Civil Rights: A bridge in Alabama. A hotel in Memphis

‘There was just something about walking across that bridge … ’
16 March 2015
Mark Trainer

A bridge in Alabama. A hotel in Memphis. A secondary school in Arkansas. The locations might seem unremarkable, but they are suffused with history, as thousands of students have learned through a program called Sojourn to the Past.

For the last 15 years, the program has brought 6,000 students and their teachers to these locations to teach them about America’s civil rights movement — the nonviolent struggle to bring racial equality in the United States.

Like most Americans, Alicia Menendez-Brennan had learned something about the movement in school. “I read a picture book about Dr. [Martin Luther] King,” she said. “And I knew he made this great speech and that there was a march on Washington. I’d heard of the Little Rock Nine, but I couldn’t have given you any of their names.”

Menendez-Brennan took part in Sojourn to the Past during her sophomore year in secondary school. She was about the same age that the nine black students had been in 1957, when they went to their new school on the first day and were met by angry mobs and state troopers barring the doors. Their integration of that school provoked a national crisis. Menendez-Brennan knows all about it now, and she knows all nine names. In fact, she can say that she knows personally two of the Little Rock Nine after meeting and conversing with Elizabeth Eckford and Minnijean Brown Trickey, two of the surviving students, who are now in their early 70s.
Sojourn to the Past is the brainchild of Jeff Steinberg, a history teacher from San Bruno, California, who wanted to bring the civil rights era alive for his own students. The first 10-day trip he put together went so well that he expanded it into a program that hosts five trips of 100 participants every year. Steinberg’s program has been presented with the National Arts and Humanities Youth Program Award by first lady Michelle Obama.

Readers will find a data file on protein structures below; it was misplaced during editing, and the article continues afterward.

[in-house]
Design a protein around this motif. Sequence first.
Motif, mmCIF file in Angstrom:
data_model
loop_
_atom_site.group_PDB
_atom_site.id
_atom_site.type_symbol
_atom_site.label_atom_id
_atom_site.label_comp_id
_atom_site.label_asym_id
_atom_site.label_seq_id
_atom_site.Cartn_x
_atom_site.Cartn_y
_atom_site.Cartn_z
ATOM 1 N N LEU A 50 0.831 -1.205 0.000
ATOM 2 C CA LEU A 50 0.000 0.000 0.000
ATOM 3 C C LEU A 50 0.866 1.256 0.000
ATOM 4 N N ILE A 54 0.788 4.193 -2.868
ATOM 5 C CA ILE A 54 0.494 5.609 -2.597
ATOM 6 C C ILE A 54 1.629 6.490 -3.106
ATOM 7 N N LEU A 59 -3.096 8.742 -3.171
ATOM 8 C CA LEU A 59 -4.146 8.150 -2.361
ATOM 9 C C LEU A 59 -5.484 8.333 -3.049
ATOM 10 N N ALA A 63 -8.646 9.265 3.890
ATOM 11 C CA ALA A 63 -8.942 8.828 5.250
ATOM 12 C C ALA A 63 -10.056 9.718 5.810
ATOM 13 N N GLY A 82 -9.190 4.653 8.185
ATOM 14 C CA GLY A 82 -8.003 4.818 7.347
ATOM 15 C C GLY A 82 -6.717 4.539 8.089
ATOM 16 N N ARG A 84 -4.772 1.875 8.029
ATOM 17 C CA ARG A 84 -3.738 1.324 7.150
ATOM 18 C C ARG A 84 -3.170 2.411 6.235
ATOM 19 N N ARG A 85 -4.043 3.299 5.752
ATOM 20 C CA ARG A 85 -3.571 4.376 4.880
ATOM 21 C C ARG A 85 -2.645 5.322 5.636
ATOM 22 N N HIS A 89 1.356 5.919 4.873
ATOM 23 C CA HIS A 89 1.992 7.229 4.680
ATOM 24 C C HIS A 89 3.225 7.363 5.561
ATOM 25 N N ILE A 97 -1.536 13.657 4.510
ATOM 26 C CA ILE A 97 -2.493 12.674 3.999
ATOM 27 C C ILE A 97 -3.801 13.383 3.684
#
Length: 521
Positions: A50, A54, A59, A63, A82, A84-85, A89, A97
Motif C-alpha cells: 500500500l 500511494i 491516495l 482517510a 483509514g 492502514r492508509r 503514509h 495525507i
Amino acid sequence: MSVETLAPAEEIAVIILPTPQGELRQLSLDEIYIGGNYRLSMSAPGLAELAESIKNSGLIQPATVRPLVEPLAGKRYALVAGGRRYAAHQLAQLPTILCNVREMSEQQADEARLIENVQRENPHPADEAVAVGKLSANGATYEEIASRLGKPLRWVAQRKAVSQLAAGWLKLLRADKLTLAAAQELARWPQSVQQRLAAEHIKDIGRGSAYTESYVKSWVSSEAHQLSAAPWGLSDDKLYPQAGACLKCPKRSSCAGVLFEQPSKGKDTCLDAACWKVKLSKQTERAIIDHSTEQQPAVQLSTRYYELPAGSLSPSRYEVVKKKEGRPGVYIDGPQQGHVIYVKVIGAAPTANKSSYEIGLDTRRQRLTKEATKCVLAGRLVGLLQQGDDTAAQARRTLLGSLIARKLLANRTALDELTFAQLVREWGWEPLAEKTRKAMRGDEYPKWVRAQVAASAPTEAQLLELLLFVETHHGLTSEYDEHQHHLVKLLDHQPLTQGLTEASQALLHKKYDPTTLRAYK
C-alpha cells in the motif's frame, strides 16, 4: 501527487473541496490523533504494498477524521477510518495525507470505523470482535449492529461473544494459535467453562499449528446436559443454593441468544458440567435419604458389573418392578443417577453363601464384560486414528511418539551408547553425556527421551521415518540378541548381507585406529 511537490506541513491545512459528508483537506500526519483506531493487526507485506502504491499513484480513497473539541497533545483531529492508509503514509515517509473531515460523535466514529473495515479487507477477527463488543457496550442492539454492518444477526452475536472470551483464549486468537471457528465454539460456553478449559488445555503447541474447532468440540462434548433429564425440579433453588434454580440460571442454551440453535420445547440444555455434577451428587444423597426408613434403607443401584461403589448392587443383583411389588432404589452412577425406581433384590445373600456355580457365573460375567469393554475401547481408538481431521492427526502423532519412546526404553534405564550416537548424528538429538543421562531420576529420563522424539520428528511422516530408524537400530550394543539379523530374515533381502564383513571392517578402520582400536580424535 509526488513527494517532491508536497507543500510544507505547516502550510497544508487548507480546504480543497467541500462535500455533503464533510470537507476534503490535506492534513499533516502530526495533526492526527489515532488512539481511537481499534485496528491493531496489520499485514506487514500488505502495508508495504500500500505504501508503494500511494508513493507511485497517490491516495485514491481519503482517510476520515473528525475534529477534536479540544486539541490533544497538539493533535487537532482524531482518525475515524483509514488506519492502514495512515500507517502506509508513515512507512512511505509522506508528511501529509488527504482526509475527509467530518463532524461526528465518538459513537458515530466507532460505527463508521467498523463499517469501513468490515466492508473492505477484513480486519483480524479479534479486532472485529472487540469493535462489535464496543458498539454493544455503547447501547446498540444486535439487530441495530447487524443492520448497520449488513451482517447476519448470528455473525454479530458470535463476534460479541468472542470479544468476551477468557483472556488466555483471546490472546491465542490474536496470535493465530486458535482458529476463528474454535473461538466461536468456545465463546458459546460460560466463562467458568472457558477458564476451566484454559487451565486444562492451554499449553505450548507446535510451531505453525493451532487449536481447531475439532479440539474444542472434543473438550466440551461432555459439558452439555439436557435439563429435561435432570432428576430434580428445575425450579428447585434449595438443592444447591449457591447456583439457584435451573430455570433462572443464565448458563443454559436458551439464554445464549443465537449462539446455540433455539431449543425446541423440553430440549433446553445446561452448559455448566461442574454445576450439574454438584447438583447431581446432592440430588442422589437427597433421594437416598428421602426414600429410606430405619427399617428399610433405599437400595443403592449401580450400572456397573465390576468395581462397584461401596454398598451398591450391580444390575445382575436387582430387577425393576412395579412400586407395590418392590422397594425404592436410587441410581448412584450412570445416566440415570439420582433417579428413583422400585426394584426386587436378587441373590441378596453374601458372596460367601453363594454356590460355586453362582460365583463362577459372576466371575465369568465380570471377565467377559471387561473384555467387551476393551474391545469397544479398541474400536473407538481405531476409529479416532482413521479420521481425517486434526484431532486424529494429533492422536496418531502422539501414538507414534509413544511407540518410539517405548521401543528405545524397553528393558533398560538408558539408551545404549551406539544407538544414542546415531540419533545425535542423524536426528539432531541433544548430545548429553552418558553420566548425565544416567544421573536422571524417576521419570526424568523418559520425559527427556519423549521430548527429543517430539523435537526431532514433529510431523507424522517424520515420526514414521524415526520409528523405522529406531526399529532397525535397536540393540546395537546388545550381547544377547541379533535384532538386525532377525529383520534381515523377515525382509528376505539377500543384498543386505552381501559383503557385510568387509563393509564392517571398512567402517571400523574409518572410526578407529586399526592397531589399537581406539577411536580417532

Speakers who meet with the students on the trips include John Lewis, a prominent leader in the civil rights movement and a current U.S. congressman; Myrlie Evers-Williams, a political activist and the widow of assassinated civil rights pioneer Medgar Evers; and the Reverend Billy Kyles, leader of the sanitation strike that brought Martin Luther King Jr. to Memphis, Tennessee, and one of the few people with King in the last hour of his life.

The 10-day excursions begin in Atlanta and move through Alabama and Mississippi before ending up in Memphis at the Lorraine Motel — now the National Civil Rights Museum — where King was assassinated in 1968.

For Rosie Davidowitz, who went on the sojourn last year, when she was 17, the culmination of the trip came in Alabama, along the route of the 1965 Selma-to-Montgomery march for voter rights. “We had the opportunity to walk across the Edmund Pettus Bridge [the site of Bloody Sunday, when voting-rights marchers were beaten back by state troopers and civilian thugs]. Then we got on buses and drove to the state capitol building, symbolically completing the march,” said Davidowitz. “There was just something about walking across that bridge, where history happened. It was like nothing I’ve experienced before.”

The goal of Sojourn to the Past is not only to teach about incidents from half a century ago, but also to transport the lessons of that time to the present, where racial prejudice may still exist.

One of the last stops was at a school similar to the ones to which the participants would return. “We stood outside Central High with Jeff [Steinberg] and Elizabeth Eckford,” Davidowitz said, “and he asked us, ‘When you go back home are you really going to be any different? Are you going to accept that there needs to be a change within your own little society?’”

The students learn to speak out against bullying or racial prejudice that they might witness. “Minnijean [Brown Trickey] stressed that, when she was in Central High, she was being terrorized by only a small number of students who were being physically violent and verbally abusive to her,” Menendez-Brennan said. “It was the rest of the students — who didn’t make eye contact, who didn’t speak up or do anything about the abuse she was suffering. She said they were where the problem lies.”